am currently in the middle of a series through my book Viral Churches. Today’s post examines the importance of intentionally modeling multiplication, not just preaching about it.
I have three young daughters. I confess that through the years I may have been a little slow at learning some of the nuances that come with raising girls. Fixing hair, putting on tights (them, not me), trying to keep up with the latest cyber pets . . . a father’s work is never done.
One area that I picked up on pretty quickly, however, is the way that having little children around is like having a video recorder follow you all day. They say and do what they see around them. More than simply listening to what you say, kids repeat what you do. And they do it often.
Truth is, people don’t really ever outgrow that tendency. We tend to model what we see and learn from those closest to us. That’s why my third characteristic for seeing a church multiplication movement occur in the West is to “model multiplication.” If we want to be a part of something unprecedented in our context, we, as pastors and leaders need to not just talk about multiplication from our pulpits, but we need to live it.
No, I’m not saying we should all have eight plus kids in our families (though that is awesome, too). Rather, I’m suggesting that in our churches, we start from the very beginning showing our congregations what it means to multiply believers, leaders, and other churches. This starts with our time.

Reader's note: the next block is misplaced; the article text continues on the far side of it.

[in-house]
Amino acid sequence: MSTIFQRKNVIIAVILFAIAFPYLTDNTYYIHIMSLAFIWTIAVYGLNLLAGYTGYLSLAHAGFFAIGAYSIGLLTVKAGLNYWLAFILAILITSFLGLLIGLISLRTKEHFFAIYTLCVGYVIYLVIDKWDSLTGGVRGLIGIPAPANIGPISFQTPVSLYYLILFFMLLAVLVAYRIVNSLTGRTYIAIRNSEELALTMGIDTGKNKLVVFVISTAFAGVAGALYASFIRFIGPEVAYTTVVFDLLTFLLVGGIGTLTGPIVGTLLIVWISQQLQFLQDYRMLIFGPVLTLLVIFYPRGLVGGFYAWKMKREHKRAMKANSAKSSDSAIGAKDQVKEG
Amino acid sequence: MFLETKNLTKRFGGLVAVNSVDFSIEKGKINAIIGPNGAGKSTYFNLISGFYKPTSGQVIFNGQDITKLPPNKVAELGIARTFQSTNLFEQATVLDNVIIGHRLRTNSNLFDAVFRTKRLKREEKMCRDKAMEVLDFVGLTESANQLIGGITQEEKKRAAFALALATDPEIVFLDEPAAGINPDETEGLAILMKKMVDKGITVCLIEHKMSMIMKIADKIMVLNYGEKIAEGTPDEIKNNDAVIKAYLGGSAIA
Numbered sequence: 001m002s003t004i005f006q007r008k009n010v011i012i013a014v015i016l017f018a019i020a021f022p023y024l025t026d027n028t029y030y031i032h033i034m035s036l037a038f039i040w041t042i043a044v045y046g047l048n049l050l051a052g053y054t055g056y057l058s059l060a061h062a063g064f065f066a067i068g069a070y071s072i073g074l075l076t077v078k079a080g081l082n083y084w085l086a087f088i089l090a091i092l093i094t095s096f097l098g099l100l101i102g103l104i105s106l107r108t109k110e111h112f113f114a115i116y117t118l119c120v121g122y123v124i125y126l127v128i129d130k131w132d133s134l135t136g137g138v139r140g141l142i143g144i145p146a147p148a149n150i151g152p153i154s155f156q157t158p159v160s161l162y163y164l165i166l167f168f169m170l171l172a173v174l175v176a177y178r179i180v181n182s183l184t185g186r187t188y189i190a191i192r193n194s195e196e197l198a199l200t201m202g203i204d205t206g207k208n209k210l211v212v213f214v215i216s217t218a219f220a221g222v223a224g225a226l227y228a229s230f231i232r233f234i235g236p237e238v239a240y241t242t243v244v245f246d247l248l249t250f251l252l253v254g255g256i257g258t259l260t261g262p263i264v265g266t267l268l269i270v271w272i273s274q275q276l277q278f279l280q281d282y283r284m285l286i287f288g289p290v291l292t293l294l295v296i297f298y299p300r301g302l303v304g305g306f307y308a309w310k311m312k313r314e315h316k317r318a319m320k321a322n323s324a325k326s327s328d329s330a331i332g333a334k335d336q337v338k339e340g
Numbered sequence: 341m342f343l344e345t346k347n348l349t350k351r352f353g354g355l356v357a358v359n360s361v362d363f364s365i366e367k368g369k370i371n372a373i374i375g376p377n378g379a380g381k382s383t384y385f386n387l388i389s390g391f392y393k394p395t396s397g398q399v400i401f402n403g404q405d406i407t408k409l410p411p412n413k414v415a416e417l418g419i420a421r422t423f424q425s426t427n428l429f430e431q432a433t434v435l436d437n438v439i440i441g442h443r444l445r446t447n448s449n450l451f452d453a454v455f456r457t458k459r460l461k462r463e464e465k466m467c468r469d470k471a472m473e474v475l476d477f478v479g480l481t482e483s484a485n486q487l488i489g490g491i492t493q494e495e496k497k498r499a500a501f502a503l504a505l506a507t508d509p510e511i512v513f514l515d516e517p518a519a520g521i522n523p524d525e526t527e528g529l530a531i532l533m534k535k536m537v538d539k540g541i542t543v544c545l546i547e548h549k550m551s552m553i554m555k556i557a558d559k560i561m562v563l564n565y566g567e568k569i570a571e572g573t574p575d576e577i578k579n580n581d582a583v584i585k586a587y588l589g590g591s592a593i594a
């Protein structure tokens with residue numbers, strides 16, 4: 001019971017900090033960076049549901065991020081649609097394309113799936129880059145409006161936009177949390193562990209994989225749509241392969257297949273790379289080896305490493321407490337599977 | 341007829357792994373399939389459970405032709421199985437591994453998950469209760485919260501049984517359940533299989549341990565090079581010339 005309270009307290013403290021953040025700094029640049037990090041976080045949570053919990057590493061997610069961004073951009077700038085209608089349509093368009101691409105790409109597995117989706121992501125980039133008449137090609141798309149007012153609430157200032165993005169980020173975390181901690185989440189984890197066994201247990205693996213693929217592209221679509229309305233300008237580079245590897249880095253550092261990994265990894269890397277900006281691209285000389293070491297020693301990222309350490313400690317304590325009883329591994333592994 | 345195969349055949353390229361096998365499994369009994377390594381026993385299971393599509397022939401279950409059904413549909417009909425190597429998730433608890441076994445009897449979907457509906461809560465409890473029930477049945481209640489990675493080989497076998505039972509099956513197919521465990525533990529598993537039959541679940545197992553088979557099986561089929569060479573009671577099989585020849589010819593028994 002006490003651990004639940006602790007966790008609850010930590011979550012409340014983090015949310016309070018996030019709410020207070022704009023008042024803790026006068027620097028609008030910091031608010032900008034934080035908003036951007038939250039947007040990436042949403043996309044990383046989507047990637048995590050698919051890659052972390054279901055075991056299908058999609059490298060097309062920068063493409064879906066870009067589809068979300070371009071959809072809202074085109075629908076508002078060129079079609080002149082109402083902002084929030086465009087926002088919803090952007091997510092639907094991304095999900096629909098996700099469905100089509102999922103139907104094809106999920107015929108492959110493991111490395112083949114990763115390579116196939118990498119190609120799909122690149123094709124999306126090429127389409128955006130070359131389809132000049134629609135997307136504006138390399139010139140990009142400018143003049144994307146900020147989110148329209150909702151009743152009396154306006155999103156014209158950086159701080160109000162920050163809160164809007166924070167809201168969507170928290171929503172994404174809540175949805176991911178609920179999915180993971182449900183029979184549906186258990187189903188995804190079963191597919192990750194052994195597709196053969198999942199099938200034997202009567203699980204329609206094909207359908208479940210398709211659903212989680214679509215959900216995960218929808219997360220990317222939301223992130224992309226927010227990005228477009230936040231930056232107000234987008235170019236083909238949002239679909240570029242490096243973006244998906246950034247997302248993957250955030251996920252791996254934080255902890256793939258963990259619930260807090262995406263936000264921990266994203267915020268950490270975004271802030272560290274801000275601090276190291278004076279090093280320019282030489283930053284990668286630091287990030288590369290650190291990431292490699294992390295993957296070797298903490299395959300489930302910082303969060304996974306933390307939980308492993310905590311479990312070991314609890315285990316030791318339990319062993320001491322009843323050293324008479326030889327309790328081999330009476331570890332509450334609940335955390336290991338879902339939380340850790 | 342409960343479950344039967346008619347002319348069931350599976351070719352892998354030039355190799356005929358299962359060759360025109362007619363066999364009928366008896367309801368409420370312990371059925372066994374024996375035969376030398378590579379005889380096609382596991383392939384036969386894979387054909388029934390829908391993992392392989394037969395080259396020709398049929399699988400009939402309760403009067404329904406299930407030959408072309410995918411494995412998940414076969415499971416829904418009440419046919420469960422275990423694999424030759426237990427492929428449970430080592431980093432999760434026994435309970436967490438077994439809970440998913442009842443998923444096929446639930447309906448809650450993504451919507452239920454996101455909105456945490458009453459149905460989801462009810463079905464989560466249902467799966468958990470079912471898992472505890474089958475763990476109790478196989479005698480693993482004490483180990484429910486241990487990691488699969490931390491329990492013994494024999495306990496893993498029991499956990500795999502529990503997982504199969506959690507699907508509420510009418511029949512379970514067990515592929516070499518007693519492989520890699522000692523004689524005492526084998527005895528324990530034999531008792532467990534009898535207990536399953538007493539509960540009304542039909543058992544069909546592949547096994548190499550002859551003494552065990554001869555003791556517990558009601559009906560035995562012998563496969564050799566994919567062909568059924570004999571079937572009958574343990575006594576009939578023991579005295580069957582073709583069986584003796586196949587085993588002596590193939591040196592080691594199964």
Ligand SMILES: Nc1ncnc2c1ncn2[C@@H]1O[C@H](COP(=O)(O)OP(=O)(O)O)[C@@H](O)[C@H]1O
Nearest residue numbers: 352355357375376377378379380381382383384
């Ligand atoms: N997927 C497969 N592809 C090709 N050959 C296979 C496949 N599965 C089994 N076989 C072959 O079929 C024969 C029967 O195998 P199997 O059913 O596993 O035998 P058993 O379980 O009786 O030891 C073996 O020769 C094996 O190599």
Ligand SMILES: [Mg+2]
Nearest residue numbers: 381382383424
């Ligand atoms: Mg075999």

Chances are that unless they make a proactive, conscious effort to do so, pastors and leaders don’t spend enough time with two groups of people: leaders and the lost.
This is an issue of multiplication. We spend time with other leaders so that we can multiply more leaders. We spend time with the lost so that we can multiply more disciples. Too often, we miss out on time with these groups of people because we’re spending it listening to everyone else.
I’m not trying to minimize the importance of pastoral care, but rather to point out that if we want to multiply a movement, we have to be multiplying leaders so that we can influence that multiplying movement. We cannot lead what we do not live. We must be multipliers.
We, as pastors, also need to remember that our sermons about multiplication need to be backed up with actual examples. We need to actually cast a vision of church plants before our congregations and then tell them that we want some of them to leave our body and join the new plant.
And, I believe, that means multiplying earlier that you might expect if we are really going to see a movement–though this is a controversial subject at times.
For example, I was speaking at a church planting conference a few years ago with a great leader of a church planting megachurch, and when asked when he thought was the optimal time to plant a church, he contended that churches should wait until they are 800 people. Planting before that, he thought, was just too early. Another church planting expert I know suggests that churches wait to plant until they have $100,000 in the bank.
I disagreed… pretty strongly. I’m more convinced than ever that if a church waits until they’re Saddleback before they multiply, they’re never going to multiply. Every church thinks they need “just a little more,” when I think they need “just a little faith.” A church must model multiplication when it hurts, not just when it’s easy.
So, model multiplication, multiply everything, and do it early.